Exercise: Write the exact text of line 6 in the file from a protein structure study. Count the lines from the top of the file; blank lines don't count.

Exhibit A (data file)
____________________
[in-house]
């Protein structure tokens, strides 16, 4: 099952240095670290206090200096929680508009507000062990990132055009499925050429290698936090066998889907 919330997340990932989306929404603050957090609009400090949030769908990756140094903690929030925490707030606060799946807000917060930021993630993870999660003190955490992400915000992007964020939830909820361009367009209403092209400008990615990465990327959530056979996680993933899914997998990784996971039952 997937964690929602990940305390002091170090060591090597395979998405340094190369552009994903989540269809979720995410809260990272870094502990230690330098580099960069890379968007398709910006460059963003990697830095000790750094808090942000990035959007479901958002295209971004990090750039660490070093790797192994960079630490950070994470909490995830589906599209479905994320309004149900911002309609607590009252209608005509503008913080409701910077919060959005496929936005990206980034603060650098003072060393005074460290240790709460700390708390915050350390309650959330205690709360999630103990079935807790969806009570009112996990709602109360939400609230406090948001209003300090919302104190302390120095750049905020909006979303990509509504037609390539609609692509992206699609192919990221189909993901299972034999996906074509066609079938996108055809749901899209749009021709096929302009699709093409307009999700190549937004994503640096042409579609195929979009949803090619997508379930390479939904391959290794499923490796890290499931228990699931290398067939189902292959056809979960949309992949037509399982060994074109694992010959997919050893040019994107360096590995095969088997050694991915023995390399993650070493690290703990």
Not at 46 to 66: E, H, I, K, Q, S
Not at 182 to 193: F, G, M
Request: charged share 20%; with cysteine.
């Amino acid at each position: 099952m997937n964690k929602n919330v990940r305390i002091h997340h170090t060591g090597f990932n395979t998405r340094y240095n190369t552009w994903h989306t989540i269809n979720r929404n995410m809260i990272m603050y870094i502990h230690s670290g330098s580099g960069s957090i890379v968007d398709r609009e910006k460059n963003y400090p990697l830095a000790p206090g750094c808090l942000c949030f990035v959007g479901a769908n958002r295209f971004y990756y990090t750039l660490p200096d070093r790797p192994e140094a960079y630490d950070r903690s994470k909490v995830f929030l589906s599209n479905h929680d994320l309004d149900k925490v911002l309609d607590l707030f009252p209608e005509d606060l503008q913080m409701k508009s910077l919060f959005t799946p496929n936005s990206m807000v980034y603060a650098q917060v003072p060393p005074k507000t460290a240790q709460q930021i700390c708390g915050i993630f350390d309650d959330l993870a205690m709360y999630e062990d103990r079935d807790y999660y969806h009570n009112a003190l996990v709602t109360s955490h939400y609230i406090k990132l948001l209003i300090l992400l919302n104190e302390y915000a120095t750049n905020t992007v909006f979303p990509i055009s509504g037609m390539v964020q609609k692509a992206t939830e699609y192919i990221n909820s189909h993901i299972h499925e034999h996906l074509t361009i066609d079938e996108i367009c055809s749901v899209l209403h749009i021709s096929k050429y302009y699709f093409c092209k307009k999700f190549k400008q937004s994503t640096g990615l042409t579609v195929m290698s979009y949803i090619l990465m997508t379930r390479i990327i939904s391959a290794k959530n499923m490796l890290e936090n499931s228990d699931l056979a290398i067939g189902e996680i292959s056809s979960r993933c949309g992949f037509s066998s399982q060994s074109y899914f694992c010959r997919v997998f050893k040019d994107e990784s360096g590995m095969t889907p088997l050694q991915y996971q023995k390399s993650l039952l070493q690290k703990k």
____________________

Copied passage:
């Amino acid at each position: 099952m997937n964690k929602n919330v990940r305390i002091h997340h170090t060591g090597f990932n395979t998405r340094y240095n190369t552009w994903h989306t989540i269809n979720r929404n995410m809260i990272m603050y870094i502990h230690s670290g330098s580099g960069s957090i890379v968007d398709r609009e910006k460059n963003y400090p990697l830095a000790p206090g750094c808090l942000c949030f990035v959007g479901a769908n958002r295209f971004y990756y990090t750039l660490p200096d070093r790797p192994e140094a960079y630490d950070r903690s994470k909490v995830f929030l589906s599209n479905h929680d994320l309004d149900k925490v911002l309609d607590l707030f009252p209608e005509d606060l503008q913080m409701k508009s910077l919060f959005t799946p496929n936005s990206m807000v980034y603060a650098q917060v003072p060393p005074k507000t460290a240790q709460q930021i700390c708390g915050i993630f350390d309650d959330l993870a205690m709360y999630e062990d103990r079935d807790y999660y969806h009570n009112a003190l996990v709602t109360s955490h939400y609230i406090k990132l948001l209003i300090l992400l919302n104190e302390y915000a120095t750049n905020t992007v909006f979303p990509i055009s509504g037609m390539v964020q609609k692509a992206t939830e699609y192919i990221n909820s189909h993901i299972h499925e034999h996906l074509t361009i066609d079938e996108i367009c055809s749901v899209l209403h749009i021709s096929k050429y302009y699709f093409c092209k307009k999700f190549k400008q937004s994503t640096g990615l042409t579609v195929m290698s979009y949803i090619l990465m997508t379930r390479i990327i939904s391959a290794k959530n499923m490796l890290e936090n499931s228990d699931l056979a290398i067939g189902e996680i292959s056809s979960r993933c949309g992949f037509s066998s399982q060994s074109y899914f694992c010959r997919v997998f050893k040019d994107e990784s360096g590995m095969t889907p088997l050694q991915y996971q023995k390399s993650l039952l070493q690290k703990k």